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Old June 1st, 2009, 09:44 PM   #1
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two way radios

Does anyone have a suggestion for two way radios being used at events and weddings for coordination of shots, etc.

I need something that is under $300 and is voice-activated AND reliable with a headset. I have searched B & H photo, but I also would like to hear some recommendations from someone with actual experience with these devices.

Thanks
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Old June 2nd, 2009, 06:39 AM   #2
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There are two kinds of radio now - cheap, almost toys and quality products. The differences are getting very small. I used to deal in 2-way radios and standardised on Icom, but also had good experience with Yaesu, Motorola and Kenwood. The main things to look at are build quality. Do the aerials snap off if you put one in your pocket and sit down? Do they physically break when dropped on a hard floor? Electronics wise (and performance) I don't see much difference nowadays. I even bought some dirt cheap, high spec, very small units from the far east and they performed really well. I've cracked the case on a couple when dropping them on concrete, but they're fine.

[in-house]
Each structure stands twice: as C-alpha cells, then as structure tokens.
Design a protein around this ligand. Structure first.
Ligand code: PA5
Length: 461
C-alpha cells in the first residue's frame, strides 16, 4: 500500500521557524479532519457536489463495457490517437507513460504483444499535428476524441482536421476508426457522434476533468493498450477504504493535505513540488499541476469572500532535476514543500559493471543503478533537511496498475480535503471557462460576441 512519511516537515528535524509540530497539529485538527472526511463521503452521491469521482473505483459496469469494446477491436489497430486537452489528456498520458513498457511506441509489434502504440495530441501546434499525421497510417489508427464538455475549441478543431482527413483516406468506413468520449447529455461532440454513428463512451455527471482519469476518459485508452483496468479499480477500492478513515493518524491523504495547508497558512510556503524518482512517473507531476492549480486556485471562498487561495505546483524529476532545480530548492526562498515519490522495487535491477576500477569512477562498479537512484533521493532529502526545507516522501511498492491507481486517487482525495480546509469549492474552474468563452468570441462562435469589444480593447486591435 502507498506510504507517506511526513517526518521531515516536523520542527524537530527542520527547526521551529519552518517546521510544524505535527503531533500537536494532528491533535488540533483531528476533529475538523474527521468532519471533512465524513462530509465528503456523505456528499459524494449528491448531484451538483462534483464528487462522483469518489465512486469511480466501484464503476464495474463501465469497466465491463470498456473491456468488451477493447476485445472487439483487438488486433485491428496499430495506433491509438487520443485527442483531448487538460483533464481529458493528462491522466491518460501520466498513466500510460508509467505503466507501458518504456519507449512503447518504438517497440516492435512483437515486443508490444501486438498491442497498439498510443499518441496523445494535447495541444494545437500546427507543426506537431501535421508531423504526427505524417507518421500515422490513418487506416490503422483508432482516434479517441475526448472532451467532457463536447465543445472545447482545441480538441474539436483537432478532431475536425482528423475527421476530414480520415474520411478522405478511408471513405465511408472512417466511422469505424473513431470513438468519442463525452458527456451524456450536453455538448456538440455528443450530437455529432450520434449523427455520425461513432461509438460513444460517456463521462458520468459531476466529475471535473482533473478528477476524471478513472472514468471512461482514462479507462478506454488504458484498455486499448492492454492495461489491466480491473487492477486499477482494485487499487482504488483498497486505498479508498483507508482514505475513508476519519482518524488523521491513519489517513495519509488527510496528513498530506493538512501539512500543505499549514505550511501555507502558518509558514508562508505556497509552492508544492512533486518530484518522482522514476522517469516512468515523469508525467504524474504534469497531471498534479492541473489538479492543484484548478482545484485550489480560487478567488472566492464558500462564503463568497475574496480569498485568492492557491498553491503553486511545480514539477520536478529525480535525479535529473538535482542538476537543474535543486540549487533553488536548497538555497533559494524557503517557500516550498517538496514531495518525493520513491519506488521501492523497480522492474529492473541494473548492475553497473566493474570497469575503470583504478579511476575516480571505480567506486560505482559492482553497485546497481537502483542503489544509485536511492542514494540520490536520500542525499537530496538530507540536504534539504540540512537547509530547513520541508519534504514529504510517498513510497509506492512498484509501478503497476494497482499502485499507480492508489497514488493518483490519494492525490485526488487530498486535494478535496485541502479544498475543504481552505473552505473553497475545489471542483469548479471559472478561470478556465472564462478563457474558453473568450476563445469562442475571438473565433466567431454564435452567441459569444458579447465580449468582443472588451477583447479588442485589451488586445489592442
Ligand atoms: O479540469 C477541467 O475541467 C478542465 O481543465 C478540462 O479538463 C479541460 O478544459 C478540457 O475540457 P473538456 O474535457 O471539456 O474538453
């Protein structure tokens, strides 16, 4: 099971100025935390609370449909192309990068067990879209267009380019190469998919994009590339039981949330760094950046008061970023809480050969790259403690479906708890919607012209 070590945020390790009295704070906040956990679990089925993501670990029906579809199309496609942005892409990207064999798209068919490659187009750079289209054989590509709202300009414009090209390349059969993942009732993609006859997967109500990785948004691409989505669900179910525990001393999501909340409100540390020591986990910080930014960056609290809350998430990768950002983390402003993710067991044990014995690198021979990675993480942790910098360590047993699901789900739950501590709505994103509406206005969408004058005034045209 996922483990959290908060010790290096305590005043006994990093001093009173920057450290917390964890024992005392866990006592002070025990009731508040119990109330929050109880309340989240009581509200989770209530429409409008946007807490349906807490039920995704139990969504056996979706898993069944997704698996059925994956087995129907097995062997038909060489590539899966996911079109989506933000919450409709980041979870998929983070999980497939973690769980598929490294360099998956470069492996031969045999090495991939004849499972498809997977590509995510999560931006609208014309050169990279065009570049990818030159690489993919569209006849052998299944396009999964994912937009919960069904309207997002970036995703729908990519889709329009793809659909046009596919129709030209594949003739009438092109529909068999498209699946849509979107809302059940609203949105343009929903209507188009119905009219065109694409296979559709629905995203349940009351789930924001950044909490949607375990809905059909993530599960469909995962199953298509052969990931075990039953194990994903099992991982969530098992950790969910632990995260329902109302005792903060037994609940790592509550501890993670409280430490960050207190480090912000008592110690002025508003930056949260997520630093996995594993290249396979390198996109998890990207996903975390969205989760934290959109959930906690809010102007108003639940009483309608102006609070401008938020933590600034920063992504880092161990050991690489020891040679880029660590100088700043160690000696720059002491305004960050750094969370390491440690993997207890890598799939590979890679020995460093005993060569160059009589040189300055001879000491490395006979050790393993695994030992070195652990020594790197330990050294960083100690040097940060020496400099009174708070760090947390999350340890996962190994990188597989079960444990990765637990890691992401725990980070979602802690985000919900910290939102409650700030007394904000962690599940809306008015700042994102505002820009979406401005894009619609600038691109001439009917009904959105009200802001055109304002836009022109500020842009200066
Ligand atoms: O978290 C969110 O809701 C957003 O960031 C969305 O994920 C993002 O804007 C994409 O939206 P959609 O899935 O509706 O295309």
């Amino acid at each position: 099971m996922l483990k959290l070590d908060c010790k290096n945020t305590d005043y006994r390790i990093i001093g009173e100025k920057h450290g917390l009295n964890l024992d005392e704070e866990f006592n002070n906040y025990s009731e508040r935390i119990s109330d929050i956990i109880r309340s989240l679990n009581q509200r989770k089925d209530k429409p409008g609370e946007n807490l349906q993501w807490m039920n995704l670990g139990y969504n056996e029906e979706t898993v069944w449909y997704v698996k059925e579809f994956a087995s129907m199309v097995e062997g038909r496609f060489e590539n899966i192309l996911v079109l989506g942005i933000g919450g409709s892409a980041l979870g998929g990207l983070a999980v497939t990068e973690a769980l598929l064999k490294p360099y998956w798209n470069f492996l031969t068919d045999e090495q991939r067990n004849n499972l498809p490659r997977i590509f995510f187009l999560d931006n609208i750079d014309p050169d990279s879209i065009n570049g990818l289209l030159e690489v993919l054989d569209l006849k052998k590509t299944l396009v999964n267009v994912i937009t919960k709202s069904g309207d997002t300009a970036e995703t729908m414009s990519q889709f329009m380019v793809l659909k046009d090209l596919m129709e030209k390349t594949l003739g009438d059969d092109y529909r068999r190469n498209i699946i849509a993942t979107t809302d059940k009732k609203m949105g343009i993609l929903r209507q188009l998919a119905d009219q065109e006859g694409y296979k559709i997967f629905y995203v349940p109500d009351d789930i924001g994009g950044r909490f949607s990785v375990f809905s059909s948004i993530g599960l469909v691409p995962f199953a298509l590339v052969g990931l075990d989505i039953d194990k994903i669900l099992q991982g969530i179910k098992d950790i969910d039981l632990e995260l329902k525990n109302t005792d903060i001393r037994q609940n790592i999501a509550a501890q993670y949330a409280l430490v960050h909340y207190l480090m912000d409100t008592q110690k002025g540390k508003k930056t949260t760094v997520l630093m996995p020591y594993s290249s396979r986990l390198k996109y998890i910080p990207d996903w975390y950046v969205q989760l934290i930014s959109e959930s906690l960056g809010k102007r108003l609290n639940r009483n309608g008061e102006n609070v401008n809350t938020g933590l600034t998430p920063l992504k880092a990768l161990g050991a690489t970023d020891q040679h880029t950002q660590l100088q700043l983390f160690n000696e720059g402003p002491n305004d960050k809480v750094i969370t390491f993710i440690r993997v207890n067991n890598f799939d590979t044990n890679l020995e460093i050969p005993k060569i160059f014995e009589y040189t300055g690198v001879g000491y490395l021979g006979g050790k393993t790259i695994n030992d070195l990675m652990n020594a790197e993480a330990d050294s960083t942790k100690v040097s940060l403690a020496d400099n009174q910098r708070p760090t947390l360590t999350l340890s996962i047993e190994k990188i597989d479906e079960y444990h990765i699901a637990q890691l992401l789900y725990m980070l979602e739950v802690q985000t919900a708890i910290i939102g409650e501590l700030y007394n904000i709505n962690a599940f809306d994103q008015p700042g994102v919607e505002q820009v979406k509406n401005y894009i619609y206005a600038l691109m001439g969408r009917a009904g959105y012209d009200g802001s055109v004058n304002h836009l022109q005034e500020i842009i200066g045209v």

I think that now, if I wanted tough and reliable, I'd probably go for Motorola. They are proven products, spares are easily available and they have loads of accessories. If I need replacement battery packs for the foreign ones next month, I doubt if I'd get them - probably cheaper to buy new radios.

I'm ignoring licensing and government approval - understanding the UK system is bad enough without trying to do the same with the US system - but the 'proper' brands can be sorted out quite easily.